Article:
In A Mad World, My Masters John Simpson presents a set of observations and anecdotes drawn from a near lifetime of reporting for television news. Over a career spanning decades, John Simpson has worked on many of the major stories of recent history. He has covered conflicts, such as the Gulf War and the Balkans, general interest stories, such as Hong Kong’s transfer and the new millennium, and more general issues such as such as the drugs and arms trades. But it is John Simpson’s contact with political leaders and heads of state that adds real spice to these memoirs, some of his contacts proving decidedly surreal, all of them offering unusual insight.
The book is organised around themes, such as journeys, villains, spies, bombing and absurdities. This allows the presentation of similar kinds of experience derived from different trips. It does also facilitate the reading of the book via casual dips. A consequence is that the whole experience becomes rather episodic. Apart from the sometimes tenuous theme, there is little attempt to create a consistent, general narrative. Again this facilitates the casual read, but it might antagonise a reader who wants a tad more reflection from the author.
The thematic arrangement also means that on several occasions the reader re-visits a trip, leading to some inevitable repetition of material. This, however, is kept to a minimum and does not detract from the overall experience if an occasional feeling of impatience is ignored.
Thus far this review has sounded like a lukewarm reception, but this would be far from the truth of the experience. The book’s subject matter alone is thought-provoking, stimulating and enlightening. In addition, John Simpson’s own observations are quite wonderful. And this mix is persuasive. The reader feels that the book “takes you there” rather than “tells us what it’s like”. It is the vividness of John Simpson’s recollections and related experience that brings so much of the subject matter completely to life that we feel we might have smelled Gaddafi’s flatulence, sensed a Peruvian mayor’s danger or felt an Iraqi Kurd’s bitterness.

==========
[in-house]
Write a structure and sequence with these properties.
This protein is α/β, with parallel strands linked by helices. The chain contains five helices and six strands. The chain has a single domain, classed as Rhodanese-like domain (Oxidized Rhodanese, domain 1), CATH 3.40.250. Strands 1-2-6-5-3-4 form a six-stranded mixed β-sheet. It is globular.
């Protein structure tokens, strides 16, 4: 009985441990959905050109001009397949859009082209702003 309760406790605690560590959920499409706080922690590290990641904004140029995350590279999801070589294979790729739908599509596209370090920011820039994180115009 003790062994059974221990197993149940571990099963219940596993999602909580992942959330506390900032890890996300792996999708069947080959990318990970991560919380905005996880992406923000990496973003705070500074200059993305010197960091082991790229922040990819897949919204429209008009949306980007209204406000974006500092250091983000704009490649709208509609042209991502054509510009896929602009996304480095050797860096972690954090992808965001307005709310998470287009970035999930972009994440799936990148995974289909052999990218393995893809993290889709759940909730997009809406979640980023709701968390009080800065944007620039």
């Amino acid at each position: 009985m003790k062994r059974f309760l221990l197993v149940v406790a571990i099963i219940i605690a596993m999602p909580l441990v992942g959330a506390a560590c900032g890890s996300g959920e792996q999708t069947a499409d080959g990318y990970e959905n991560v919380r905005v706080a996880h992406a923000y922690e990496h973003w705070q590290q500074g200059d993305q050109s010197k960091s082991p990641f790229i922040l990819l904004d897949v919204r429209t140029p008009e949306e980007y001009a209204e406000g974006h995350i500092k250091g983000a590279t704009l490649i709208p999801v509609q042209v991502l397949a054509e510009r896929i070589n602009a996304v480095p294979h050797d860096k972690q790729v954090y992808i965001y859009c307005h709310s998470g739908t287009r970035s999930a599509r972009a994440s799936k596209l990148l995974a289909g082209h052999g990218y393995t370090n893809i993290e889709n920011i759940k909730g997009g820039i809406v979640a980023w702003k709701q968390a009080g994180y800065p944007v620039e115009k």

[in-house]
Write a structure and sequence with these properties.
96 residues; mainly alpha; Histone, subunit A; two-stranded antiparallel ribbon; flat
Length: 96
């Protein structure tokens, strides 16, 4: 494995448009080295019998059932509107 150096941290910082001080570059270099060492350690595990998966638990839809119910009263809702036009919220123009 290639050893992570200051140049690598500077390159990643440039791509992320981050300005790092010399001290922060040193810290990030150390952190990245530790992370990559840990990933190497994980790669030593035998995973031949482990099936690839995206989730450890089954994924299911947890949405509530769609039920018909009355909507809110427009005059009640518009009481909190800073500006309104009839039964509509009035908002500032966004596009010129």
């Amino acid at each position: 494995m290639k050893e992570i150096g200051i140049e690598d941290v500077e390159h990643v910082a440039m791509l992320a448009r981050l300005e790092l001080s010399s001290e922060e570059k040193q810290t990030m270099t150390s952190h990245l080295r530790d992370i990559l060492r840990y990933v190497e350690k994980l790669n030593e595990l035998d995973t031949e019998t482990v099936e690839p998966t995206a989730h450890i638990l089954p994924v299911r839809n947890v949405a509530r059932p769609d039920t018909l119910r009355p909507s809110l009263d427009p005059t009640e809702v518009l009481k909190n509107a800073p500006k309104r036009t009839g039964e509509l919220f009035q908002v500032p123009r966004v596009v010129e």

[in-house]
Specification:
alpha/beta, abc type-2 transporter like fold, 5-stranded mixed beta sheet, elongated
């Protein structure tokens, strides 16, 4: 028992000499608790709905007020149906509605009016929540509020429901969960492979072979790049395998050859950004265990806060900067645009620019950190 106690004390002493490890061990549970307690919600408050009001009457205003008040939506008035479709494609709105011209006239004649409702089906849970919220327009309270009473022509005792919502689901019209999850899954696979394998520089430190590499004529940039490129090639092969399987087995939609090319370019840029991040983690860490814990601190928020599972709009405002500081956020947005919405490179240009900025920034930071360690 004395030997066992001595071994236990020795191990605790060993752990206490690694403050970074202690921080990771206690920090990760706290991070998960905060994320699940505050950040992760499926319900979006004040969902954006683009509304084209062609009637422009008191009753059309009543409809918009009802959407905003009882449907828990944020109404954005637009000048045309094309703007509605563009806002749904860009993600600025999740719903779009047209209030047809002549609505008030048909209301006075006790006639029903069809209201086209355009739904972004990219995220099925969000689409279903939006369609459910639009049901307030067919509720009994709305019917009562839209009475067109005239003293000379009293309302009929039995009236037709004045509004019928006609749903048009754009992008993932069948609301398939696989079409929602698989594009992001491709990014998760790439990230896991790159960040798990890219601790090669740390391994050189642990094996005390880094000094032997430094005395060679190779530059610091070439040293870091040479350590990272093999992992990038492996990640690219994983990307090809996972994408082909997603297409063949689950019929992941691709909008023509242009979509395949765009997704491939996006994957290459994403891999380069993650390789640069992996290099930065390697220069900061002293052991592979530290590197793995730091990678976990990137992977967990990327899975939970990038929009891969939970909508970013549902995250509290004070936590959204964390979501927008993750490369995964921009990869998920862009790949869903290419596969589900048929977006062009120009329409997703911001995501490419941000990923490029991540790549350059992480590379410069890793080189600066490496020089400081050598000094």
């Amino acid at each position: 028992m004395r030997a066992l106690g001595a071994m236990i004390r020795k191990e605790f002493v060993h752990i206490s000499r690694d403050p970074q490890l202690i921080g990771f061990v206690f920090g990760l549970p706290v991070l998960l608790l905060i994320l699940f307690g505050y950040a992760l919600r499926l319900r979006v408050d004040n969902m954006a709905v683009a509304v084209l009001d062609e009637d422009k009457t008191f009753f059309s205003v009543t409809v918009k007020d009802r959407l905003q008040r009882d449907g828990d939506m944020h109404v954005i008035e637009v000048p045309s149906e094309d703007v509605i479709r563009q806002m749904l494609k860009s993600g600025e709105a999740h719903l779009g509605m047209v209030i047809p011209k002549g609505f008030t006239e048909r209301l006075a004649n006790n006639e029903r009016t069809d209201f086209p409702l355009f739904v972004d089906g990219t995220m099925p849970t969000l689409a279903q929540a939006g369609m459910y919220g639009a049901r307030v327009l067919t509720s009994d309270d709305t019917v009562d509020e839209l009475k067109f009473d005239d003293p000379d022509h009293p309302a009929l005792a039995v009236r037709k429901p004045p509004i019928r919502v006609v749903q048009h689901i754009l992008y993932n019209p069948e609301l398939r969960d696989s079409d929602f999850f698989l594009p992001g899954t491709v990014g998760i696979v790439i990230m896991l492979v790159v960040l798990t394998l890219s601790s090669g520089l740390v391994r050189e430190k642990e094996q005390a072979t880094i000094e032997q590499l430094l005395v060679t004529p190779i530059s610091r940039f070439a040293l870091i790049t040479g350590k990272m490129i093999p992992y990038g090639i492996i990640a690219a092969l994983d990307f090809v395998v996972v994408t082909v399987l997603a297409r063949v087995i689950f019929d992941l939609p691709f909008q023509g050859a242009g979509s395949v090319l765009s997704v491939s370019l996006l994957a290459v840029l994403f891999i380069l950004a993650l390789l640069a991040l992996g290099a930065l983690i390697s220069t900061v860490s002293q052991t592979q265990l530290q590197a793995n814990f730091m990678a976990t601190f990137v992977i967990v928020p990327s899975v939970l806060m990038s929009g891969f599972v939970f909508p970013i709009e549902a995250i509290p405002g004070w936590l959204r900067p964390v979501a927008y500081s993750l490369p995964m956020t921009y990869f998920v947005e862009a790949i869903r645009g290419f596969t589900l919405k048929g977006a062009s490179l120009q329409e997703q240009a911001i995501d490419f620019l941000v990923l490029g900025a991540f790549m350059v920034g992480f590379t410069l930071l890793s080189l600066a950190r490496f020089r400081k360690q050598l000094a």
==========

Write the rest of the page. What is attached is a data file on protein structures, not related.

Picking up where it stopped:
Anyone familiar with John Simpson’s exemplary reporting for the BBC will expect these anecdotes to contain more than trivia or merely personal experience, and, thus, will not be disappointed. But it is when the author deals with the mechanics and technicalities of news gathering that some of the more vivid experiences appear. We often forget that the process is dangerous, tiring and relentless if the product is to contain even a grain of interest. Throughout, John Simpson acknowledges the difficulties, but he also always recognises the contributions of others to the teamwork that is clearly essential to the process.
This book has much to offer to anyone interested in recent history or current affairs. Even those who are unfamiliar with the author’s broadcasting work will discover engaging and arresting perspectives on many issues and, in some cases, there will be analyses that will question some generally accepted positions. The book may be a little too long, but its consistent high quality ensures that this is barely an issue.